You can get offensive amounts of all three categories with too much Gloss coat applied. Previous to the mid cone rings (thank you again soongsc) too much Gloss made all of the above more apparent, with each coating, but also added a sharper and sharper edge to leading edges of transients and eventually made all sounds hollow and brittle.

Recently a maximum of three coats of 50% cut with water Gloss was needed to control an all aluminum driver. Before the mid cone patterns revolution you could not have applied a thick enough coating of Gloss to an aluminum driver to kill the resonances. I am speaking of the Dayton 175-8 drivers here, not the Jordan JX92s, which needs no Gloss at all, due to the care in choice of materials used for it's construction.

Now we usually use less than three coats for paper cone drivers and one 25% Gloss to 75% water mix for a fully patterned silk dome tweeter.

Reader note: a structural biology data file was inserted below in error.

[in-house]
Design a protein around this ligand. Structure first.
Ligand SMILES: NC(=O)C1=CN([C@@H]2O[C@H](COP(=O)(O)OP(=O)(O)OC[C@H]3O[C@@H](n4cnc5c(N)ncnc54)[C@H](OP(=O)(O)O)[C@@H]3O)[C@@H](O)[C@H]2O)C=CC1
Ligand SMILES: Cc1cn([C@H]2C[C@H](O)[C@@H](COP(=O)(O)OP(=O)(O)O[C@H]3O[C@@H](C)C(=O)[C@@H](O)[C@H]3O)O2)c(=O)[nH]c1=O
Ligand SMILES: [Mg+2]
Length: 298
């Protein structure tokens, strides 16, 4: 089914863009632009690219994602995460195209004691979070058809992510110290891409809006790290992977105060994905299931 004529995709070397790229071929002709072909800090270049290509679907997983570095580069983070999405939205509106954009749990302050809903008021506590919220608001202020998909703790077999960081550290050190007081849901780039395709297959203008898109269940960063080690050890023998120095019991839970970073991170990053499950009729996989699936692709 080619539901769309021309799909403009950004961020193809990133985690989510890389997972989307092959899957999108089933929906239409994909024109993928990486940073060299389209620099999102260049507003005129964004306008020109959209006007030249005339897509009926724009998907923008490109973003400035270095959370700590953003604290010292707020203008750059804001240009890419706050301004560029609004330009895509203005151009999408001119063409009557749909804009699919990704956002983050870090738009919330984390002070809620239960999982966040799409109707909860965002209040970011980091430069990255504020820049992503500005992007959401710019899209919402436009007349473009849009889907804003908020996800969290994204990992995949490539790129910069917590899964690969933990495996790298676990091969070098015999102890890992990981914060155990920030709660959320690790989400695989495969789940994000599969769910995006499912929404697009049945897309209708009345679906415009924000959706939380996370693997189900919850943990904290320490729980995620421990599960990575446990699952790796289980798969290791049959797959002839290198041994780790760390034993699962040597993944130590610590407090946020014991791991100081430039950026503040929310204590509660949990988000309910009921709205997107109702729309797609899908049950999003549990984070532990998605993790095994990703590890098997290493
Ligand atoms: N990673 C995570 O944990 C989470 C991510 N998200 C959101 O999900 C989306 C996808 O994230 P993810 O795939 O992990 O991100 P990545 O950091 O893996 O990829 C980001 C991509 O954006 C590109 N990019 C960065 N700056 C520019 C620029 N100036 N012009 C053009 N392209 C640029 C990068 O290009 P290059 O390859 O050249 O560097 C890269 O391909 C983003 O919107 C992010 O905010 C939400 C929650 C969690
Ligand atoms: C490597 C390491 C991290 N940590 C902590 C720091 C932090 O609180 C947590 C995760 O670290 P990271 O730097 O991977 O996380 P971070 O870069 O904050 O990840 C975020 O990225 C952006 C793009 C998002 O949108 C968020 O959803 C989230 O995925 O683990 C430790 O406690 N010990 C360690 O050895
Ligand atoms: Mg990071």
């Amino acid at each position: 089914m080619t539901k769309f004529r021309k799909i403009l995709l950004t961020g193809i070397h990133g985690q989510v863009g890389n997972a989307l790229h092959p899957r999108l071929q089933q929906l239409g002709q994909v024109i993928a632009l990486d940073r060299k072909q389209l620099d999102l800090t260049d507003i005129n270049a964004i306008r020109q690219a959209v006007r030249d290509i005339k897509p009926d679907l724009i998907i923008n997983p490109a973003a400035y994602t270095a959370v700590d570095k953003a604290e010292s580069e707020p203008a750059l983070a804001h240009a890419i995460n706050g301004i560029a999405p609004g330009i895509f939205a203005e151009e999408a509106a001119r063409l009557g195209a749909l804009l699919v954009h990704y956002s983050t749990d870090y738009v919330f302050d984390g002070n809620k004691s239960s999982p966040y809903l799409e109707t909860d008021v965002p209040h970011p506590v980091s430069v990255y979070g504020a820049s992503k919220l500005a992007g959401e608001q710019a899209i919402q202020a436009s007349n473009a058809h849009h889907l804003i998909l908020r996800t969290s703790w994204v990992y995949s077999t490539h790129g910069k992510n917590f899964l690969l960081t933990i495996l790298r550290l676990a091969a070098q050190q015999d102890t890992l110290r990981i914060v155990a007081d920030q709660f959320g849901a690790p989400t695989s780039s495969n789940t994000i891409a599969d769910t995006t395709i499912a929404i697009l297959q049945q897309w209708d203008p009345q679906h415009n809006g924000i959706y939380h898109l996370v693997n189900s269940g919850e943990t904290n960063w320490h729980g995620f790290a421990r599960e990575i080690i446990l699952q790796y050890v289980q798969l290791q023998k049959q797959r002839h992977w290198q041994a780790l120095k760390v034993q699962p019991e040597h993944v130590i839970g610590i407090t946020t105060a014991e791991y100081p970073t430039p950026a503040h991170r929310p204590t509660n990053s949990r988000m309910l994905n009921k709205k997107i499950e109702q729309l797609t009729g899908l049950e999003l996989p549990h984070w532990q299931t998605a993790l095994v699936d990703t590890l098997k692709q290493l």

My diary on this continues.

Good news is I got the kit in the mail. The bad news is the postman stuffed it into my apartment mail box.

Everything should be ok. I didn't open it yet though.

Since I will be using some test objects to apply the pattern, I'm redoing a couple of small boxes to give a local A/B test.

The speaks I have are unfortunately between sizes for my hole cutters
and so I have to modify my router jig.
My goodies seem to be intact. Packaging of the FloQuil and microgloss is very good.

[I still do not get why the Testor's model railroad paint is so difficult to come by locally. Maybe I will consult the local model rail rooad groups or look for the brand as "Testor's Poly Scale model railroad paint" as marked.]

The Polyscale shipped is flat white which is good for my test pieces which have black cones. It may be more problematic for my FE127e with the much lighter cones.

Thanks Ed.

The serious questions about Setup and preparation should follow.

I made a stab at using the grid maker which Ed suggested. I can't say it was very successful. The radians (?) did not line up as they should.


All this means is that if there are visual aids and templates and the process is known and not proprietary, I have not been able to tease these effectively out of the long discussions.